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If you are changing your diet such that you want to incorporate healthier foods, especially with respect to reducing nutritional risk factors for Type II diabetes, consider buffalo meat.

While many Americans consume meat raised from cattle, there has been a small, but growing movement to consume meat raised from buffalo.  Buffalo meat, especially that from grass-fed buffalo, is an excellent substitute for cattle meat.  Much of the cattle meat on the market is grain-fed instead of grass-fed, which reduces cattle meat’s nutritional value.


Buffalo meat typically has less fat and calories, yet about the same amount of protein as cattle meat.  Also, buffalo meat has a relatively lower Omega 6 to Omega 3 fatty acid ratio.  All of this helps to reduce nutritional risk factors for diabetes, and even obesity that contributes to the risk of diabetes.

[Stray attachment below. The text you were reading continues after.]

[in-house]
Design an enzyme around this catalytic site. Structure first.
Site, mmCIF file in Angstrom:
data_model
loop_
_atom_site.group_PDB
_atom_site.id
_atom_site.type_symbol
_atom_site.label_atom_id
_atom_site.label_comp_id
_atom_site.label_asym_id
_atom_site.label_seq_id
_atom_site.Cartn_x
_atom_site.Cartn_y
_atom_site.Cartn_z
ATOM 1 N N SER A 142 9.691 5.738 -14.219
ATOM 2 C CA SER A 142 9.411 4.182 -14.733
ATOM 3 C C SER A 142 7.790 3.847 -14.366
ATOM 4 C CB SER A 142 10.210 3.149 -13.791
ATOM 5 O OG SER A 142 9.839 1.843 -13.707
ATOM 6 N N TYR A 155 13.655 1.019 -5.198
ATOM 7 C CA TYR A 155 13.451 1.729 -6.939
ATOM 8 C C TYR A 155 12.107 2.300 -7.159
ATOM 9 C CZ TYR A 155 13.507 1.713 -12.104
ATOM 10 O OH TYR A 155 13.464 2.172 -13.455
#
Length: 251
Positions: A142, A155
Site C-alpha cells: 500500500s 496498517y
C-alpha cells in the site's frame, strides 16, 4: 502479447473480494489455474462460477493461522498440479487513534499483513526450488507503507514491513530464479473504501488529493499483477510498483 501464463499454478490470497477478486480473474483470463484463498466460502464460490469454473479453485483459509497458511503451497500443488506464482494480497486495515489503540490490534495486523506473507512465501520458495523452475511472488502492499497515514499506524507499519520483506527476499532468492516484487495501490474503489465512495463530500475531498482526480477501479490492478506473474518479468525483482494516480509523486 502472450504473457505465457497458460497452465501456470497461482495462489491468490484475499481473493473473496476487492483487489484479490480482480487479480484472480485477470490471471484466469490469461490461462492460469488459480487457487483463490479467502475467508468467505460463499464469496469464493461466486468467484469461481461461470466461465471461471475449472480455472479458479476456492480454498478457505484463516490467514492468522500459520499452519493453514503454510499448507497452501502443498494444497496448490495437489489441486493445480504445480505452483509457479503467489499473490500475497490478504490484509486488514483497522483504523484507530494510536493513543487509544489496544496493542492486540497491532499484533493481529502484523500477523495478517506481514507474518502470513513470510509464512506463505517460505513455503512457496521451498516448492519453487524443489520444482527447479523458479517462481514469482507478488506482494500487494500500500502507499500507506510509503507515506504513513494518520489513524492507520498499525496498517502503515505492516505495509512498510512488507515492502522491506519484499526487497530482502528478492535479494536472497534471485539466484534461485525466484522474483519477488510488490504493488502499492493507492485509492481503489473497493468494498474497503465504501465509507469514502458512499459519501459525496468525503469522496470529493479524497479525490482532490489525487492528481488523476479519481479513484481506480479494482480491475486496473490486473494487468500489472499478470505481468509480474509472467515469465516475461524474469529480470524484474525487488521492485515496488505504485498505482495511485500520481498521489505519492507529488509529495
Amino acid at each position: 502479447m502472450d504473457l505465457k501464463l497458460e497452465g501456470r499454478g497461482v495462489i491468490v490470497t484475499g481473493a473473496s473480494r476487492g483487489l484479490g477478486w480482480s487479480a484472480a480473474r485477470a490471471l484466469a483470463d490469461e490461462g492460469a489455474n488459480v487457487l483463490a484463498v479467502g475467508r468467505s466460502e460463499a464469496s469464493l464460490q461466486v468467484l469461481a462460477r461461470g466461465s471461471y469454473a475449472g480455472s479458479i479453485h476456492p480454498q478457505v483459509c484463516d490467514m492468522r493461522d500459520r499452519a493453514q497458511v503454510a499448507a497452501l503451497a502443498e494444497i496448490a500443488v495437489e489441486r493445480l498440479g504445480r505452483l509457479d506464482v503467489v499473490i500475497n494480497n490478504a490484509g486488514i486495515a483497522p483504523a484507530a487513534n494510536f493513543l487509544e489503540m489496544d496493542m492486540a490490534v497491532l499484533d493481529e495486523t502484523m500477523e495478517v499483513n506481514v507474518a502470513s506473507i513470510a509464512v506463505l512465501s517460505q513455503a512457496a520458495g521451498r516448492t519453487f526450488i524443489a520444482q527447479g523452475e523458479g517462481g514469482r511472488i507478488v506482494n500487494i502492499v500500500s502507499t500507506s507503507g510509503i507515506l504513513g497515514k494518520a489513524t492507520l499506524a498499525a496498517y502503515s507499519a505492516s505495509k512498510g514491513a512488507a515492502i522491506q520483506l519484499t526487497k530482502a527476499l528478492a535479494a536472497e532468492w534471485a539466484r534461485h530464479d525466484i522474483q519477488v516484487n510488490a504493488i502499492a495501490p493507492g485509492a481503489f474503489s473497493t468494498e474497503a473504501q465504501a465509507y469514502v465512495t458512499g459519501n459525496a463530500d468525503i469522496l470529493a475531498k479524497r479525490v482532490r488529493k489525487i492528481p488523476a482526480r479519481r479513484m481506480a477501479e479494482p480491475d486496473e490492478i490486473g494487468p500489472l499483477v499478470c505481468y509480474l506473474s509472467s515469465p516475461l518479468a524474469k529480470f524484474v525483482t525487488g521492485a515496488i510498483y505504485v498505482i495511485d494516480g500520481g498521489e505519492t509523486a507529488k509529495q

As far as cooking buffalo meat, cuts of it are similar to cattle meat, though it has a darker red color (on account of buffalo meat not having streaks of fat in it like cattle meat does).  Buffalo meat will tend to cook faster than cattle meat because of its lower fat content, given fat acts as an insulator in slowing the cooking process.  Since buffalo meat does not really have fat to enhance its taste, you can of course add flavor to it by using spices.  Buffalo meat should be cooked slowly at a low temperature (around 275 degrees F).  This will help keep the meat from becoming tough, and help maintain its taste.

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